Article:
Shifting Priorities

Getting The Darkest Prison finished has been like pulling teeth, but it’s finally done. I’ve been editing along the way, so it shouldn’t need more than one or two final run throughs. Then formatting and toss it out into the world. It’s going to be a freebie, so it won’t earn me any money (there may be a few sales on Kindle until Amazon does its price-matching thing), but it will have a link or two and promos at the end. We’ll see how that goes.

I’m putting The Warden on the back burner (again) in favor of finishing Gift of Blood with a new name and new ending. It was my first novel, and the rewrite will benefit from what I’ve learned in the last couple of years. The “experts” recommend abandoning your first novel as a mere learner’s project, but that can be a stupid choice on several levels. If you have a good story, why throw it away? If the novel is basically sound, why not respect the work you did and improve it? Think like an editor. If nothing else, the work you do on it now will show you how much your skills have improved.

I’ve picked up Gift of Blood several times and made some changes, mostly because the story really wants to be told. Now there are practical considerations, like salability. The book touches on vampire legends, and though it was never intended to take advantage of the continuing ¬†popularity of vampires, that does make it much more salable than a character-based novel about a conflicted prison warden.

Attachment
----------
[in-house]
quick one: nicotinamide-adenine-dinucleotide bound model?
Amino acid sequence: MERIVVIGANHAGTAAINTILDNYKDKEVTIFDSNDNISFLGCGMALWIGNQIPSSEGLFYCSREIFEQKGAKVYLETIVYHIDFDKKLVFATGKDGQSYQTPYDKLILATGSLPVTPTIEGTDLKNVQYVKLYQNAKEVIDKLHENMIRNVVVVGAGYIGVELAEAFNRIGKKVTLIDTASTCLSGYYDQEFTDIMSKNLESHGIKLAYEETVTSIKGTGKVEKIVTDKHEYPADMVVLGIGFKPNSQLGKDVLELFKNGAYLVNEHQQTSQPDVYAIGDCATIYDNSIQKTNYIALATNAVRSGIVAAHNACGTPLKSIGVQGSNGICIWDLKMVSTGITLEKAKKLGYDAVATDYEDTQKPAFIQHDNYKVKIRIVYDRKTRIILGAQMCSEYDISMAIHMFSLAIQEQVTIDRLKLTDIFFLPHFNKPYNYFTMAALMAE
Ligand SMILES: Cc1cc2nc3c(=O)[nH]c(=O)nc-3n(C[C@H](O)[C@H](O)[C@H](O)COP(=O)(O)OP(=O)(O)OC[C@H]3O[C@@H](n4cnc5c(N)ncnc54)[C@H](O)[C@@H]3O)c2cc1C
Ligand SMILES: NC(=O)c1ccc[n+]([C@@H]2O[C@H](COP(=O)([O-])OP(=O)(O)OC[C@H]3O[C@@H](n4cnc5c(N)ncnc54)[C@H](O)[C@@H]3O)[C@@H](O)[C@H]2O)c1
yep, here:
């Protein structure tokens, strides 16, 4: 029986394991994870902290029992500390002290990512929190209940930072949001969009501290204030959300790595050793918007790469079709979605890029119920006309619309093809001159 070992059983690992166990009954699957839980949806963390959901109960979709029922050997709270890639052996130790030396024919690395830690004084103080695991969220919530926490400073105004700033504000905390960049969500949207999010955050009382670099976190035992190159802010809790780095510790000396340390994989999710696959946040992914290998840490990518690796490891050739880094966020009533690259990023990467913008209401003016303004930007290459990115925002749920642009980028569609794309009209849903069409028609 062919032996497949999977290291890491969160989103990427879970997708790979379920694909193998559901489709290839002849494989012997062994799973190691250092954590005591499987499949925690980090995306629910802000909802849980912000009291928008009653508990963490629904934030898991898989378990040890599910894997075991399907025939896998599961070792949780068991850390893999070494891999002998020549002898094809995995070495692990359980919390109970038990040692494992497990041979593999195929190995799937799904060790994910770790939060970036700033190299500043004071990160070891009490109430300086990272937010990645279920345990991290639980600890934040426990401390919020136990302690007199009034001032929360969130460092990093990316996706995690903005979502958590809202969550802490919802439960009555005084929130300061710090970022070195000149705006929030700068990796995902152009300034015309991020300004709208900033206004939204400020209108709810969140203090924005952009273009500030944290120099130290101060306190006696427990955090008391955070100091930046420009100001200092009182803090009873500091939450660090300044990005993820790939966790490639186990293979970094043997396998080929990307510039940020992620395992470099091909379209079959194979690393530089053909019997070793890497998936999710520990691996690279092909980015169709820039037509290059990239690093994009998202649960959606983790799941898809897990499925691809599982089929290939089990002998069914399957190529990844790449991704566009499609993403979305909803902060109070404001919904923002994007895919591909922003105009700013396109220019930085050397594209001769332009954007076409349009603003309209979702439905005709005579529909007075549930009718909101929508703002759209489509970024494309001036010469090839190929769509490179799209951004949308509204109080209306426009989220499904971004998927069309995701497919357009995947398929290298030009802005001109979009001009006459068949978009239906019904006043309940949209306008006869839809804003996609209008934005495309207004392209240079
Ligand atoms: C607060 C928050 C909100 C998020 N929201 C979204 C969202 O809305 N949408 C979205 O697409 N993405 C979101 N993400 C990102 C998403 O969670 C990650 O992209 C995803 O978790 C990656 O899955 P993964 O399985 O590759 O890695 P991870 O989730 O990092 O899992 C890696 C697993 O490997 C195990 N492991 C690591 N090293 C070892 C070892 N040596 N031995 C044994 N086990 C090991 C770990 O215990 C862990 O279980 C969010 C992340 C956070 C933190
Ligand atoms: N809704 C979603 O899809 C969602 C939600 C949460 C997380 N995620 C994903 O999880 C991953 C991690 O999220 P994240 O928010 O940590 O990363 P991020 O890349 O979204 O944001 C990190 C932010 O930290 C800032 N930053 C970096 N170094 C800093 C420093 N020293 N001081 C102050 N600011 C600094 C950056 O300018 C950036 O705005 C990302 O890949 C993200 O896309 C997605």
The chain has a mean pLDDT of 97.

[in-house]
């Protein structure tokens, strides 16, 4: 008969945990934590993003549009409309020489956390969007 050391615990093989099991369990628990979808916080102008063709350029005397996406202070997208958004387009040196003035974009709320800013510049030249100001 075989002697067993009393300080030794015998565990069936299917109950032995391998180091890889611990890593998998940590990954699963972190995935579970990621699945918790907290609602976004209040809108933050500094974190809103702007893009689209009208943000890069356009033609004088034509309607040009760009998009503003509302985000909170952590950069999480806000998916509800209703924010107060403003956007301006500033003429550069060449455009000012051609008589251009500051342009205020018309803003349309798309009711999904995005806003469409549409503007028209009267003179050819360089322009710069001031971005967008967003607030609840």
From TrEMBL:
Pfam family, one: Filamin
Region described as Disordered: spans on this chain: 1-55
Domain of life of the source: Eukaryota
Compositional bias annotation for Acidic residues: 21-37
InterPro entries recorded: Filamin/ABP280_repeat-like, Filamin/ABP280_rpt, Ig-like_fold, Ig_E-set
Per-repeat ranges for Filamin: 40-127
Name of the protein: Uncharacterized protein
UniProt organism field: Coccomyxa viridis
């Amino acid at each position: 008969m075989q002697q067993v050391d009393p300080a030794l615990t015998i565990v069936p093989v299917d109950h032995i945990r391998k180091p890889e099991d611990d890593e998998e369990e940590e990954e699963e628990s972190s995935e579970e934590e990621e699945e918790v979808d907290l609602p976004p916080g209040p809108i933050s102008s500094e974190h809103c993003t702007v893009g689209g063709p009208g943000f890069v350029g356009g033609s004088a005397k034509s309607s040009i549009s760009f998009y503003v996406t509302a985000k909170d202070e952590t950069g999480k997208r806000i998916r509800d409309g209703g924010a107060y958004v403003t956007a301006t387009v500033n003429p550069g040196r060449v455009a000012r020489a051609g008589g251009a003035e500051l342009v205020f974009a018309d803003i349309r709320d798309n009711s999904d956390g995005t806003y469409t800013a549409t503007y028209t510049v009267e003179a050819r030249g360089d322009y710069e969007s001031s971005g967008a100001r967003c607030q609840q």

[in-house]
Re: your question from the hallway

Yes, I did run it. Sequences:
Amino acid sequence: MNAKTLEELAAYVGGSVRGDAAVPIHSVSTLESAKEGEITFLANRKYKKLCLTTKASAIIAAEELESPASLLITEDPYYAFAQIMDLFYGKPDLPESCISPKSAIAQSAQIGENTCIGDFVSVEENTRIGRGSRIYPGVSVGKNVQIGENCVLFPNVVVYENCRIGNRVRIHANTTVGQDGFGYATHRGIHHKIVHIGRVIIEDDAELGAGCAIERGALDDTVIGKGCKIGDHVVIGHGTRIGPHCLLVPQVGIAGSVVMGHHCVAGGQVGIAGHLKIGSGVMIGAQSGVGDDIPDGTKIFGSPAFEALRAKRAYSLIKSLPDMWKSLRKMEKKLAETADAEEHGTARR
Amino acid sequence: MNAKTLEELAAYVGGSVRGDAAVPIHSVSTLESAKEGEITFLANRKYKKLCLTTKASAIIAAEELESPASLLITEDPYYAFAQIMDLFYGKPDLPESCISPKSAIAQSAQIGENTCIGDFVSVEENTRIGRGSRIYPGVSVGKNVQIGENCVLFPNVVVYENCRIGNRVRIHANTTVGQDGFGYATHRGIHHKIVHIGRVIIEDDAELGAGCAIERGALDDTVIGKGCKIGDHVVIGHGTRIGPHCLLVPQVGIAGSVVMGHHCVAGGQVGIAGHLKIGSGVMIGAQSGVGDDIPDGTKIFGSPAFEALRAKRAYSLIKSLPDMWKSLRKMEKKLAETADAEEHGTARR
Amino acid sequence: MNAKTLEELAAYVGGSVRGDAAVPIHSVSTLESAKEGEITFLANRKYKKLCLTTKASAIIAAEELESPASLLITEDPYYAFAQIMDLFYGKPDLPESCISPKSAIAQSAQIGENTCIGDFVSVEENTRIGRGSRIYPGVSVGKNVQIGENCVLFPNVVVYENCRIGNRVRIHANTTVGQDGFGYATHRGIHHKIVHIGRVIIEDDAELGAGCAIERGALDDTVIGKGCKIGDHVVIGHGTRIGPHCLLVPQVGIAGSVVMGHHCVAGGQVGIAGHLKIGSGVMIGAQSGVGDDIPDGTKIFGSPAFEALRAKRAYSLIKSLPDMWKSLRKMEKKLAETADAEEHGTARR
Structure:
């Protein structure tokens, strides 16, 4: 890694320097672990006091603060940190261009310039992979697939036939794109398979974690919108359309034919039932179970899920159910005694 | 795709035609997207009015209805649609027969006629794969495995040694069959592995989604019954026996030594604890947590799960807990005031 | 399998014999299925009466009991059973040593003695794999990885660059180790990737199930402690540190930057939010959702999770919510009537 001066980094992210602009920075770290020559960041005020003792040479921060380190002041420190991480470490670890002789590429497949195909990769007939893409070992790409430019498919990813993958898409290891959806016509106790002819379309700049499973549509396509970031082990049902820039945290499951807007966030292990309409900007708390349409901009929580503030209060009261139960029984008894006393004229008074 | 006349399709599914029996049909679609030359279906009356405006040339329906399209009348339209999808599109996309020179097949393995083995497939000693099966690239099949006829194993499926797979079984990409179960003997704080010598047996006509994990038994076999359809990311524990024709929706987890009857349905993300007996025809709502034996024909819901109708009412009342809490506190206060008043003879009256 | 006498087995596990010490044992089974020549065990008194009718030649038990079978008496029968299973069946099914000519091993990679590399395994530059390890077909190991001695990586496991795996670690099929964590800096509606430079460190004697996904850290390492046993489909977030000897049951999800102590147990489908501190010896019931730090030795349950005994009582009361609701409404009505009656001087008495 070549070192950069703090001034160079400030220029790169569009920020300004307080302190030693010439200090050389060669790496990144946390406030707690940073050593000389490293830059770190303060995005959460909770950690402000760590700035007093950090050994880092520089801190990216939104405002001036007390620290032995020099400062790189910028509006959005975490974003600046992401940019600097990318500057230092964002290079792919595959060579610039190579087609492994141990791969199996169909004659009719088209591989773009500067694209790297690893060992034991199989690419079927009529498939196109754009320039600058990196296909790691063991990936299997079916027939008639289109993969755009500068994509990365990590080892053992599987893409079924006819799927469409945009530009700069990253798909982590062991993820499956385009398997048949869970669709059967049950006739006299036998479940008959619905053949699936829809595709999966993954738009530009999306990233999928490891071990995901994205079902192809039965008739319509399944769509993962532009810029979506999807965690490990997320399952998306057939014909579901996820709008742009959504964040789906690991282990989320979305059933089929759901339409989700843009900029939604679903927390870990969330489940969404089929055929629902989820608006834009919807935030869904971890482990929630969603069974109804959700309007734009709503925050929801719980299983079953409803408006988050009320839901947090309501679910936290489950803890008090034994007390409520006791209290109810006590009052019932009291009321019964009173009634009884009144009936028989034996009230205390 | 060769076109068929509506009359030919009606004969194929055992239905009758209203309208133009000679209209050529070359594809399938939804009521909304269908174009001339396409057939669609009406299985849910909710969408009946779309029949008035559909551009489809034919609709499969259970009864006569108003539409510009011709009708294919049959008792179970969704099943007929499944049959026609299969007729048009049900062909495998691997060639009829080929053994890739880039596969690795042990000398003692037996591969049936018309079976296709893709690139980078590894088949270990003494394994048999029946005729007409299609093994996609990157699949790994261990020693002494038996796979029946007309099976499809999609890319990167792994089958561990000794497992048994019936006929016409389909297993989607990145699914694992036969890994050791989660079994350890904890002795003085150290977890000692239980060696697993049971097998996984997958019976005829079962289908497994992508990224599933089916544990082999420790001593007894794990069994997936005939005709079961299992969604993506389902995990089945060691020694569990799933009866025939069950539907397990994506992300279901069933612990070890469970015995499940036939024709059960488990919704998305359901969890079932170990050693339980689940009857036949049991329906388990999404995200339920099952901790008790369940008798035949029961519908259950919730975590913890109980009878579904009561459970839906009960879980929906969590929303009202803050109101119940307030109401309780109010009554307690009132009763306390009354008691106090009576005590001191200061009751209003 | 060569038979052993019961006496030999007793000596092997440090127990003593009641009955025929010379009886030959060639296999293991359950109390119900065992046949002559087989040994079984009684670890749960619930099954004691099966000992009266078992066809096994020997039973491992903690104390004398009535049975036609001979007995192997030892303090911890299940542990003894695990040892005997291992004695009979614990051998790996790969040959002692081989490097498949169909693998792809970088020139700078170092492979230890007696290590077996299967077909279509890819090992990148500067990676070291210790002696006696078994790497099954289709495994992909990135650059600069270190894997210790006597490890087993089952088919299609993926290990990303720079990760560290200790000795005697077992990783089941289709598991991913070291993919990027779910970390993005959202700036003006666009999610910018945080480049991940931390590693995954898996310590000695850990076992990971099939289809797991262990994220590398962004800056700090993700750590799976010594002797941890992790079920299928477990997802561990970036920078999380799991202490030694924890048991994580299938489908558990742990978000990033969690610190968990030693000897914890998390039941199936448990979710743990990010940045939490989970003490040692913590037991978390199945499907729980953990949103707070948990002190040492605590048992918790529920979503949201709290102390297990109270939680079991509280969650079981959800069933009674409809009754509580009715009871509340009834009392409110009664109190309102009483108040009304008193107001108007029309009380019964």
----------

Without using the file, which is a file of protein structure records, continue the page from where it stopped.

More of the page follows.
The hand slaves novels and stories are never going to be hugely popular. I knew that going in. They’ve sold moderately well, considering, but sales are drying up now. The best way to revive them is to let them ride on the coat tails of a novel with more popular interest. I’ve thought about writing something crudely commercial to achieve that, but I can’t bring myself to write something I don’t really care about and would have no interest in reading. Idealism is fine, but it doesn’t exclude the need to evaluate my work and prioritize it in terms of salability.

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3 thoughts on “Shifting Priorities

  1. My husband has given up on me writing anything that is widely commercial. He’s accepted the fact that any monetary success I have down the road will come from consistently writing and putting out books.

    If you can’t write something commercial, don’t force it. Some people can write fiction that is strictly meant to sell, but I figure I only have so much creative output per day, and I’d rather have that go toward the novels I want to write.

    1. That raises an interesting question. Are the people who can churn out commercial novels creative? If I decided to write a commercial novel, it would have to be pretty much to formula, because that’s basically what they are: formula with variations. I can’t see that as anything but boring, as a writer, so maybe creativity requires a different kind of temperament than commercial writing.

      I’m glad your husband understands and approves. Be true to yourself in your writing. There will be others who appreciate it, even if it takes them a while to find you.

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